I missed the deer, but I wish I could say I missed the ditch. In August of 2016, I had drove my little 1996 s10 Blazer from Arizona to Alabama, to visit some of my family I had never met before. My little Blazer and I had survived the whole ride and had been in Alabama for a little over a month when that deer came out of nowhere.
I was on my way to my grandparents’ house to spend the weekend with them, still getting used to driving in Alabama. For those who are familiar with driving in each state, there are some huge differences between driving in southern Arizona versus in northern Alabama. In southern Arizona, you can see things coming from a mile away. There aren’t too many hills or tree lines that block your view, aren’t awkward turnoffs to get to different housing areas, aren’t gas stations and little markets with their entrances right off the highways. Alabama has all of that. In Arizona, you can see the wildlife coming and can slow down or speed up to avoid it, but in Alabama, you don’t know that it is there until it is too late.
I was headed down highway 31, leaving Athens, Alabama, headed toward Decatur. I had my music up, enjoying whatever was playing at the time, my new little puppy in the passenger seat, when a deer came running out of the tree line on my right. The deer panicked once it had realized the mistake it had made, darted left then back right. When it had thrown itself back to the right, I was already swerving to avoid him on the left. When he swung back, I overcorrected myself and ended up flying off the road, hitting a ditch.
It reminded me of one of those moments when you are walking down the hall and end up face to face with someone. You try to get out of each other’s way but just end up unfortunately mirroring each other’s movements, blocking each other’s passage all the same. You usually then stop, laugh it off, and one of you allows the other to pass. Unfortunately, it’s a little more difficult to have such an exchange when you are going over 50 miles an hour on a highway and trying to communicate with a deer.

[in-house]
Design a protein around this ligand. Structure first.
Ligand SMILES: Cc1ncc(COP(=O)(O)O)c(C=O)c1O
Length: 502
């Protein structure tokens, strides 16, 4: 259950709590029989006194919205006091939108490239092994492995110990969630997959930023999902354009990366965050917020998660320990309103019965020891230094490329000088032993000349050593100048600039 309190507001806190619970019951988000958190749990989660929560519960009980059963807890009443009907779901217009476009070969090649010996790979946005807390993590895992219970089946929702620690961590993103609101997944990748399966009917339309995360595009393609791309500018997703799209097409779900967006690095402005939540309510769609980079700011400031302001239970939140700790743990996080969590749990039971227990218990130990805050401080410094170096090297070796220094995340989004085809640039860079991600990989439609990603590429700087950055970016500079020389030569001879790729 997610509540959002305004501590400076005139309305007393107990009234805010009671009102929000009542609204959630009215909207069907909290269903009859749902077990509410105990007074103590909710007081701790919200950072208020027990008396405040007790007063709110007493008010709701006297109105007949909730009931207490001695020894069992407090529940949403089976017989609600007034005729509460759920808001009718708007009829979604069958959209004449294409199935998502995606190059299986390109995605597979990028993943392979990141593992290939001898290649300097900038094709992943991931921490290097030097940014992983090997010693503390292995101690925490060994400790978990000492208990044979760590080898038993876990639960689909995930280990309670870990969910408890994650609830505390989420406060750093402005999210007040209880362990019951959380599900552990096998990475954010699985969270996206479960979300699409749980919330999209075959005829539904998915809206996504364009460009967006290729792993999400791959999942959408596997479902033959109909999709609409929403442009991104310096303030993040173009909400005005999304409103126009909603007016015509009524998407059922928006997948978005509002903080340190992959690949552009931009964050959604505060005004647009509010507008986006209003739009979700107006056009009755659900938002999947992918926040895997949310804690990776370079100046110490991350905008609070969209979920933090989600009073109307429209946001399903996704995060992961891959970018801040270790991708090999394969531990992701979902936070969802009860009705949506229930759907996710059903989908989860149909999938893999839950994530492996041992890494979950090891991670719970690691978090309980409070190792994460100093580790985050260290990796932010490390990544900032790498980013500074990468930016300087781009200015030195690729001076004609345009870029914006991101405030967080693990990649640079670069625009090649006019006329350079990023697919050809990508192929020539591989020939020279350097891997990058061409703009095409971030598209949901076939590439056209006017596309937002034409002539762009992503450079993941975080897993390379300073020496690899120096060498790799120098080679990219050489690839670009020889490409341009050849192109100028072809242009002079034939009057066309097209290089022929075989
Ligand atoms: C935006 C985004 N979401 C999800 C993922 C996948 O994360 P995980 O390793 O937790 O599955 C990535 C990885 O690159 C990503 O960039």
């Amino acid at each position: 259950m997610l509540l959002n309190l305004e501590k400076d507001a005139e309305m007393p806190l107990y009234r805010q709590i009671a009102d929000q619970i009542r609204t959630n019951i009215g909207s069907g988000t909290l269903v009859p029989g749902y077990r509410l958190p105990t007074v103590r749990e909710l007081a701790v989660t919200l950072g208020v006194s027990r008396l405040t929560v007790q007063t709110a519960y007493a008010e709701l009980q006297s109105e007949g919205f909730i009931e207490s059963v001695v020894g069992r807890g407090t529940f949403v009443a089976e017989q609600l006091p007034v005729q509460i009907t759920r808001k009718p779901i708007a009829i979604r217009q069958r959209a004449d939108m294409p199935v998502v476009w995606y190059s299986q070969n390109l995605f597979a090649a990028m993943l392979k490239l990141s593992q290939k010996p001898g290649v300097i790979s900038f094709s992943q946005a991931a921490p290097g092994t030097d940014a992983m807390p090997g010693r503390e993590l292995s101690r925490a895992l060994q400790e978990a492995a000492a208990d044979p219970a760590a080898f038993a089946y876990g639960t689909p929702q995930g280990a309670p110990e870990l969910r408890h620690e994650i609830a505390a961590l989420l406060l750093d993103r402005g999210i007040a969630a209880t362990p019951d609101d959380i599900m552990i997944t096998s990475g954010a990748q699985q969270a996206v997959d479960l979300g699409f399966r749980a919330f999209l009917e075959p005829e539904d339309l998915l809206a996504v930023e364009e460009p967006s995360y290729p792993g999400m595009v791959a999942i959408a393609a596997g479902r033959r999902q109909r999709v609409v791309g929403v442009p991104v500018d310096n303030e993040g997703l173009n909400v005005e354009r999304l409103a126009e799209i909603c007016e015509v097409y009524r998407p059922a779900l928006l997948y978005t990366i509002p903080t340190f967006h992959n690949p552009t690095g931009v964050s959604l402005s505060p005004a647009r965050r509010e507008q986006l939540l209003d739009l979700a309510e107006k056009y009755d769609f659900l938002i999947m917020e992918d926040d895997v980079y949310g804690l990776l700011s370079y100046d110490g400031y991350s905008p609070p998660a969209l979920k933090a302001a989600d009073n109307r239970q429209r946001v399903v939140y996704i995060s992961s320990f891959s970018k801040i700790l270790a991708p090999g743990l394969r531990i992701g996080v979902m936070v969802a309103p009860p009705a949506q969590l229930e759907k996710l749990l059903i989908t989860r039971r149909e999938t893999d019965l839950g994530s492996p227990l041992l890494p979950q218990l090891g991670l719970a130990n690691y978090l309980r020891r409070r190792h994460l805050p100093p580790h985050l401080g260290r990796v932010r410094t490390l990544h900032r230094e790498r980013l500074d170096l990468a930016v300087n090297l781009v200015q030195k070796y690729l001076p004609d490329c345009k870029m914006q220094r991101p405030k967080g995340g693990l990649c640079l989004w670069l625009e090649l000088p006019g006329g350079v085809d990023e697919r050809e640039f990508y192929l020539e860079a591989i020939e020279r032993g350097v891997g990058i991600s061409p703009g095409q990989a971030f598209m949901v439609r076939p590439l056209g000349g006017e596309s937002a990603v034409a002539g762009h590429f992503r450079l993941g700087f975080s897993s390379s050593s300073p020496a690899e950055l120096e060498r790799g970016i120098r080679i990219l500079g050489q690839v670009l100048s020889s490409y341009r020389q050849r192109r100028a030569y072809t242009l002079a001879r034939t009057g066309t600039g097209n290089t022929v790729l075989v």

Once I hit the ditch, I’m happy that the air bags didn’t deploy, my little puppy was fine, and I walked away with only minor whiplash. However, at this point, I was across the country in Alabama and had just destroyed my only way of getting back home.
It wasn’t until I had a friend come, pick me up and tow my Blazer back, that I had remembered I had full coverage on my vehicle. Insurance was something that I paid for every month, thought and hoped I would never need, but ended up being what got me back home to Arizona. I didn’t think it was that important. I had always thought of myself as a pretty good driver, never having had any tickets or close call accidents. I knew you had to have at least liability insurance on your vehicle, but I am so grateful that I took the next step and went to full coverage. I learned that you never know what can happen. It’s always better to be safe than sorry.
When the insurance company came, and picked up my little blazer, they totaled it out and after a $500 deductible, gave me the cash value of my little s10 Blazer. It was with this that I could pay a friend the gas money to come get me and bring me to Arizona. Once I was back home, I went and used the rest as a down payment for a nicer newer vehicle that is perhaps a little more dependable than my old 1996.
I was and still am super bummed that I totaled my first vehicle, but if it wasn’t for my choice in deciding to fully cover my vehicle, there is a good chance that’d I’d still be stuck in Alabama, not only trying to figure out how to get home, but how to afford a new ride. Insurance kept me covered and is an investment that I am so happy to have made. After this experience, I highly encourage everyone to invest in full coverage on their vehicles. You never know what can happen, but you can only try to prepare yourself for it.
In the end this experience is perhaps a blessing. I learned the importance in keeping myself and my belongings protected, and ended up with a nice down payment on a better vehicle for my drive back and forth to college. This experience is how I learned why insurance is important to me.
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